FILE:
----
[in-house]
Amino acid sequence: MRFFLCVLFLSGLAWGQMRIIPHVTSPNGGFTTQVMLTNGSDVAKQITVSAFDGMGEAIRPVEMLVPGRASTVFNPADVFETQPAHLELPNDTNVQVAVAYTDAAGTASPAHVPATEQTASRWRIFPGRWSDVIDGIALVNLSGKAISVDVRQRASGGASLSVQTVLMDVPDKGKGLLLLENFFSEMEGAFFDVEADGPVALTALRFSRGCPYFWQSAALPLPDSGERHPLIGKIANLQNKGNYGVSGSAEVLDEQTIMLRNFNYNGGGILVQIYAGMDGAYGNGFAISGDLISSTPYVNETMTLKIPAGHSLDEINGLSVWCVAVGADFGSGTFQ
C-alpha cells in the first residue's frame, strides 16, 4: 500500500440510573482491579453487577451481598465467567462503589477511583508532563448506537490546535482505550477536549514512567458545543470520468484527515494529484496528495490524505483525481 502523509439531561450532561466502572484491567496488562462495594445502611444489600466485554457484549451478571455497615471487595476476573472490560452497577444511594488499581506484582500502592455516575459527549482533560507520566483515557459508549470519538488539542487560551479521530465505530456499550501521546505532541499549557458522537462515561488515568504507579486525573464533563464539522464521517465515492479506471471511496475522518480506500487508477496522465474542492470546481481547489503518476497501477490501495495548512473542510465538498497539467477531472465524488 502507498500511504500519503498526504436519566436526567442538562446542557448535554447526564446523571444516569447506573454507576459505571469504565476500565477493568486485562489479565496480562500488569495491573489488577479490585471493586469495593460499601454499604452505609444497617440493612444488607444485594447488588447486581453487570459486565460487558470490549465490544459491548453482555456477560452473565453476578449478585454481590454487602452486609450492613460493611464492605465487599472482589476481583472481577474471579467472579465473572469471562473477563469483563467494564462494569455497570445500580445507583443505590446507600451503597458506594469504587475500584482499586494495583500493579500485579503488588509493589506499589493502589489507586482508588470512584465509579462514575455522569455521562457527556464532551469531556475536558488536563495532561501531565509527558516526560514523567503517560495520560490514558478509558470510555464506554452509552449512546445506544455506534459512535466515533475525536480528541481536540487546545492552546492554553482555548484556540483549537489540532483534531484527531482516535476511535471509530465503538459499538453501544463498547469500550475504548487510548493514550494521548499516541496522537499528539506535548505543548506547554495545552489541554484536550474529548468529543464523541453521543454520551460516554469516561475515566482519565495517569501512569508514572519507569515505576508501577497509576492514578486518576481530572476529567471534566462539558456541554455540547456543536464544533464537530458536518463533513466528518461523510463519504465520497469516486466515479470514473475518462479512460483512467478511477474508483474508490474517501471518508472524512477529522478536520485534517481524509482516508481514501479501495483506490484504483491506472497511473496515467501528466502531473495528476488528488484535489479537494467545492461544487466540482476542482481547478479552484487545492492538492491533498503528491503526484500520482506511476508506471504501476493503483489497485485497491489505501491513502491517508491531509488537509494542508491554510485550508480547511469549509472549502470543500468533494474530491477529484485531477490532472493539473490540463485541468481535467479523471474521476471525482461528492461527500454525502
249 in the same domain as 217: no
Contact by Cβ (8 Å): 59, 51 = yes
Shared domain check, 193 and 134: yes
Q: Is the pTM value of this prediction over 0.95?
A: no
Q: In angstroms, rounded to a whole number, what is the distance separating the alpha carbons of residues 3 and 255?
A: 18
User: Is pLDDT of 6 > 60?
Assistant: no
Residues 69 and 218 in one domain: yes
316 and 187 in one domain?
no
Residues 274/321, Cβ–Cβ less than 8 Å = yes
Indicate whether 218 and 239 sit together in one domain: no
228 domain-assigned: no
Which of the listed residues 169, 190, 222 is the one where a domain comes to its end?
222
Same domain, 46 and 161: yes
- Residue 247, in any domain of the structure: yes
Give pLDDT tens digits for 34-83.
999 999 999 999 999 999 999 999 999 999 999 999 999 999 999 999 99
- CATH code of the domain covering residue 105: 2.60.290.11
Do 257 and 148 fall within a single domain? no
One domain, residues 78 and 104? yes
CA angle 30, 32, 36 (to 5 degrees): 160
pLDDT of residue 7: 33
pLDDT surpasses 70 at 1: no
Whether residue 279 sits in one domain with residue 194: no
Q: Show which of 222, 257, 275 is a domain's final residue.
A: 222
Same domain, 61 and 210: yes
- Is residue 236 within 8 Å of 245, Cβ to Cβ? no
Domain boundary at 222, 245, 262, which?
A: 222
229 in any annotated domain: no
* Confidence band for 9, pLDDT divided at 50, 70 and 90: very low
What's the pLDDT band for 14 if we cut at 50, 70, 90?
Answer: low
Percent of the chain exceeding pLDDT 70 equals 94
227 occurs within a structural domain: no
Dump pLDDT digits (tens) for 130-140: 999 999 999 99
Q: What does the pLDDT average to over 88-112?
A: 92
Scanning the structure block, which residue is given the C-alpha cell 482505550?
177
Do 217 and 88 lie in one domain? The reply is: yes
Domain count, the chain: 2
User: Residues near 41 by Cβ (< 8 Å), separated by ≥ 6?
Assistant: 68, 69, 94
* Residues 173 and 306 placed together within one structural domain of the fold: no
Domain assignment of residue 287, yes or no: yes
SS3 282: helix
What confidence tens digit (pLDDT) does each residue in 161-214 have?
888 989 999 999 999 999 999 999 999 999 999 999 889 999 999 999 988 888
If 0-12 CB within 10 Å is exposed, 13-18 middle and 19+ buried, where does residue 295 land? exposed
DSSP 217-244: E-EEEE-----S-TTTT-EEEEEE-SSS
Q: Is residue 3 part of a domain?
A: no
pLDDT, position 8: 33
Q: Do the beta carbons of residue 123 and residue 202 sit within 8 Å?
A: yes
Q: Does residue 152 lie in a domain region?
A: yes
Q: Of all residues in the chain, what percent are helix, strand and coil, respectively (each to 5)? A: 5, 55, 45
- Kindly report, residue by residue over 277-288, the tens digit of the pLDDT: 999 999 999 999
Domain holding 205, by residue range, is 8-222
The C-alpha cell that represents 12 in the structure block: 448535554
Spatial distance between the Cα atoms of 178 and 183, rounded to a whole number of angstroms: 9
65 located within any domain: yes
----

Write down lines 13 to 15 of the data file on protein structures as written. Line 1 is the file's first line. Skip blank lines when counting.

Residues 69 and 218 in one domain: yes
316 and 187 in one domain?
no